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An integrated approach to the prediction of chemotherapeutic response in patients with breast cancer. Acharya, CR Anders, CK Anguiano, A Barry, WT Dressman, HK Garman, Katherine S Marcom, Kelly Mukherjee, Sayan Nevins, JR Olson, J Potti, A Redman, R Salter, KH Walters, KS
dc.coverage.spatial United States 2011-06-21T17:31:23Z 2008-04-02
dc.description.abstract BACKGROUND: A major challenge in oncology is the selection of the most effective chemotherapeutic agents for individual patients, while the administration of ineffective chemotherapy increases mortality and decreases quality of life in cancer patients. This emphasizes the need to evaluate every patient's probability of responding to each chemotherapeutic agent and limiting the agents used to those most likely to be effective. METHODS AND RESULTS: Using gene expression data on the NCI-60 and corresponding drug sensitivity, mRNA and microRNA profiles were developed representing sensitivity to individual chemotherapeutic agents. The mRNA signatures were tested in an independent cohort of 133 breast cancer patients treated with the TFAC (paclitaxel, 5-fluorouracil, adriamycin, and cyclophosphamide) chemotherapy regimen. To further dissect the biology of resistance, we applied signatures of oncogenic pathway activation and performed hierarchical clustering. We then used mRNA signatures of chemotherapy sensitivity to identify alternative therapeutics for patients resistant to TFAC. Profiles from mRNA and microRNA expression data represent distinct biologic mechanisms of resistance to common cytotoxic agents. The individual mRNA signatures were validated in an independent dataset of breast tumors (P = 0.002, NPV = 82%). When the accuracy of the signatures was analyzed based on molecular variables, the predictive ability was found to be greater in basal-like than non basal-like patients (P = 0.03 and P = 0.06). Samples from patients with co-activated Myc and E2F represented the cohort with the lowest percentage (8%) of responders. Using mRNA signatures of sensitivity to other cytotoxic agents, we predict that TFAC non-responders are more likely to be sensitive to docetaxel (P = 0.04), representing a viable alternative therapy. CONCLUSIONS: Our results suggest that the optimal strategy for chemotherapy sensitivity prediction integrates molecular variables such as ER and HER2 status with corresponding microRNA and mRNA expression profiles. Importantly, we also present evidence to support the concept that analysis of molecular variables can present a rational strategy to identifying alternative therapeutic opportunities.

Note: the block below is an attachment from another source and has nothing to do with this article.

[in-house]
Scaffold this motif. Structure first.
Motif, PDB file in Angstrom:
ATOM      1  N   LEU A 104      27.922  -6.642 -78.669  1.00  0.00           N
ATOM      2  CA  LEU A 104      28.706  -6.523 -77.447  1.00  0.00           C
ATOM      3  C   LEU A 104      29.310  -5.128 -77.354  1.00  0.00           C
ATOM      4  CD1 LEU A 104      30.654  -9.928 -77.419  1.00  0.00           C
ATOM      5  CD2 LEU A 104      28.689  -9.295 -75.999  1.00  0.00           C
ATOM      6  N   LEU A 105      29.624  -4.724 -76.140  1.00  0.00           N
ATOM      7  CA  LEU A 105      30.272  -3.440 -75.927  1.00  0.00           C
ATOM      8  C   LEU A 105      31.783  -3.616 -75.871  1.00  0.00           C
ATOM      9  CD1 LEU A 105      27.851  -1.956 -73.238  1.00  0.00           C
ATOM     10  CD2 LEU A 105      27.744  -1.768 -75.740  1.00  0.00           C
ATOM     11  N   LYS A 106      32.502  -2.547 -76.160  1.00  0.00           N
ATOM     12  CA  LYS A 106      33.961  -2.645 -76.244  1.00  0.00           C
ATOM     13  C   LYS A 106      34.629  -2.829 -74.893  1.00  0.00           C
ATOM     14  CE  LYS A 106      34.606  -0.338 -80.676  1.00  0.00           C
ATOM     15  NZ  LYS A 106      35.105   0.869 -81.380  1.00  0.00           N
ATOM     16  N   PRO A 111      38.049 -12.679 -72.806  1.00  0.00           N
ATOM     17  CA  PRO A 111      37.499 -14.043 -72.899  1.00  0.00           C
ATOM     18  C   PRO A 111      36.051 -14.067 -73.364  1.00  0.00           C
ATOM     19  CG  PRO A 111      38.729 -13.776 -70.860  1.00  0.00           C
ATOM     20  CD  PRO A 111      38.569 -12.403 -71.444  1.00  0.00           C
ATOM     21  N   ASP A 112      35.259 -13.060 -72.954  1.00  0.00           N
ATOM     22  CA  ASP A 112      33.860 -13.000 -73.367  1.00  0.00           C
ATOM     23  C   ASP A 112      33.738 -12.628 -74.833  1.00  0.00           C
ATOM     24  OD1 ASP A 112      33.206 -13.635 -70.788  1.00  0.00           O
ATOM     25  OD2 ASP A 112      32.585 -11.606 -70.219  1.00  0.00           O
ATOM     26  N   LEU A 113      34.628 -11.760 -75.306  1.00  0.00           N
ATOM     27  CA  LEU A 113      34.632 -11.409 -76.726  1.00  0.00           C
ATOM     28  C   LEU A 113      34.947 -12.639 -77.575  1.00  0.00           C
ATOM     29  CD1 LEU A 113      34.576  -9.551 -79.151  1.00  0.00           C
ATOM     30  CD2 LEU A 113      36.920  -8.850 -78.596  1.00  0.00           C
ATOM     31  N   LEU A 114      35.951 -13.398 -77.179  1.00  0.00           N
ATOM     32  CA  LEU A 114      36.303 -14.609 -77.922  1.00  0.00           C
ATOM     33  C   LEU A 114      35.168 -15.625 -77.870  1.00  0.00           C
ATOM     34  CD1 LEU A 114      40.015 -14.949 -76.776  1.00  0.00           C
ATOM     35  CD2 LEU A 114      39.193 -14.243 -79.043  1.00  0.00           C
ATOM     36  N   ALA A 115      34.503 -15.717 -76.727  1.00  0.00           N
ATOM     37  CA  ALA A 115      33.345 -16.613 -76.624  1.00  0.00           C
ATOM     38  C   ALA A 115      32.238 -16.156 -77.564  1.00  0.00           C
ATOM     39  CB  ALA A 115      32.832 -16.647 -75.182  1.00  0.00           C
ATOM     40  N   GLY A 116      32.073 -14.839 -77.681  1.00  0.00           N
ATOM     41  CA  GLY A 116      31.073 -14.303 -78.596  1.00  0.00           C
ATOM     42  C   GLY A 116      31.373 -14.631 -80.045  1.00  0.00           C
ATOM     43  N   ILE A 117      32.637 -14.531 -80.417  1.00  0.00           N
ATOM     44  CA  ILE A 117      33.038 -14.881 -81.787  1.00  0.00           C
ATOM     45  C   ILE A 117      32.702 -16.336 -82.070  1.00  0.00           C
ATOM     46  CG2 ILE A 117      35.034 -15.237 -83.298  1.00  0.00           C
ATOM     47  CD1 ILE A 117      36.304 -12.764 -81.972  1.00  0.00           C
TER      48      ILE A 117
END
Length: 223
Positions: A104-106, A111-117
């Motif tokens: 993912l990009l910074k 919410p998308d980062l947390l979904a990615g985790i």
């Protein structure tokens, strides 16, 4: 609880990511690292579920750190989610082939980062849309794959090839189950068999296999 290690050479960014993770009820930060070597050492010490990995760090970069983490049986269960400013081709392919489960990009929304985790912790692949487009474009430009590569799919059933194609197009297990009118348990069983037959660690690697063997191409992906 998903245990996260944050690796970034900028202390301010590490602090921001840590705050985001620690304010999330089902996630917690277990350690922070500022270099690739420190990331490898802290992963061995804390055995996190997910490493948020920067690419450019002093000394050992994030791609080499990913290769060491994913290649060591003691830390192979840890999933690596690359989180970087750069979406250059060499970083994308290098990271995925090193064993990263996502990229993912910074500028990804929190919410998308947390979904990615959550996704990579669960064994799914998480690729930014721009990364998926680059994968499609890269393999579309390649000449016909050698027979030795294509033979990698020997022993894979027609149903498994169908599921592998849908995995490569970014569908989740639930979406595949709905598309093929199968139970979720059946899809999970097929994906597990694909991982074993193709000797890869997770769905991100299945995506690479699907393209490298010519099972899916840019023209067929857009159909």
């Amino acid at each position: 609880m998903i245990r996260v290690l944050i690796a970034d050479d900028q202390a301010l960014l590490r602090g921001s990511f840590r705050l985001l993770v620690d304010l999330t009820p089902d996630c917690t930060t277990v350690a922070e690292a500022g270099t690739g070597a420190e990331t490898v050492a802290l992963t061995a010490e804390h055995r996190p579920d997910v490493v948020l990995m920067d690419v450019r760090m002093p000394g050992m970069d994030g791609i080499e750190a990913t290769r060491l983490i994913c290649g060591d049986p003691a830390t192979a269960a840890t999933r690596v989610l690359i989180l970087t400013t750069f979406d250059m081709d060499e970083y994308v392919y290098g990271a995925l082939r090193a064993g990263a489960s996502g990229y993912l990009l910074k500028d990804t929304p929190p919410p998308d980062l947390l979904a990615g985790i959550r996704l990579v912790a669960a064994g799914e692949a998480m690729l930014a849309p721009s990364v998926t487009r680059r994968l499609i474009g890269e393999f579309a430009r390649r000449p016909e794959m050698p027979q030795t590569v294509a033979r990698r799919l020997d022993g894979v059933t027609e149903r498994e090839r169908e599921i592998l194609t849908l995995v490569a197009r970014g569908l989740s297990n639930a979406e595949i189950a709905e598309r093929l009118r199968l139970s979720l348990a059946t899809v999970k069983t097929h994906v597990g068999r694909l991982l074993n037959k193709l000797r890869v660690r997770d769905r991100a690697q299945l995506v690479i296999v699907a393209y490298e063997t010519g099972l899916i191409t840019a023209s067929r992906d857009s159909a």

dc.language eng
dc.language.iso en_US
dc.relation.ispartof PLoS One
dc.relation.isversionof 10.1371/journal.pone.0001908
dc.subject Antineoplastic Agents
dc.subject Antineoplastic Combined Chemotherapy Protocols
dc.subject Breast Neoplasms
dc.subject Cell Line, Tumor
dc.subject Cyclophosphamide
dc.subject Doxorubicin
dc.subject Drug Screening Assays, Antitumor
dc.subject Fluorouracil
dc.subject Humans
dc.subject Medical Oncology
dc.subject MicroRNAs
dc.subject Paclitaxel
dc.subject RNA, Messenger
dc.subject Treatment Outcome
dc.title An integrated approach to the prediction of chemotherapeutic response in patients with breast cancer.
dc.type Journal article
dc.description.version Version of Record 2008-4-2
duke.description.issue 4
duke.description.volume 3
dc.relation.journal Plos One
pubs.begin-page e1908
pubs.issue 4
pubs.organisational-group Basic Science Departments
pubs.organisational-group Clinical Science Departments
pubs.organisational-group Duke
pubs.organisational-group Duke Cancer Institute
pubs.organisational-group Faculty
pubs.organisational-group Institutes and Centers
pubs.organisational-group Medicine
pubs.organisational-group Medicine, Gastroenterology
pubs.organisational-group Medicine, Medical Oncology
pubs.organisational-group Molecular Genetics and Microbiology
pubs.organisational-group School of Medicine
pubs.publication-status Published online
pubs.volume 3
dc.identifier.eissn 1932-6203

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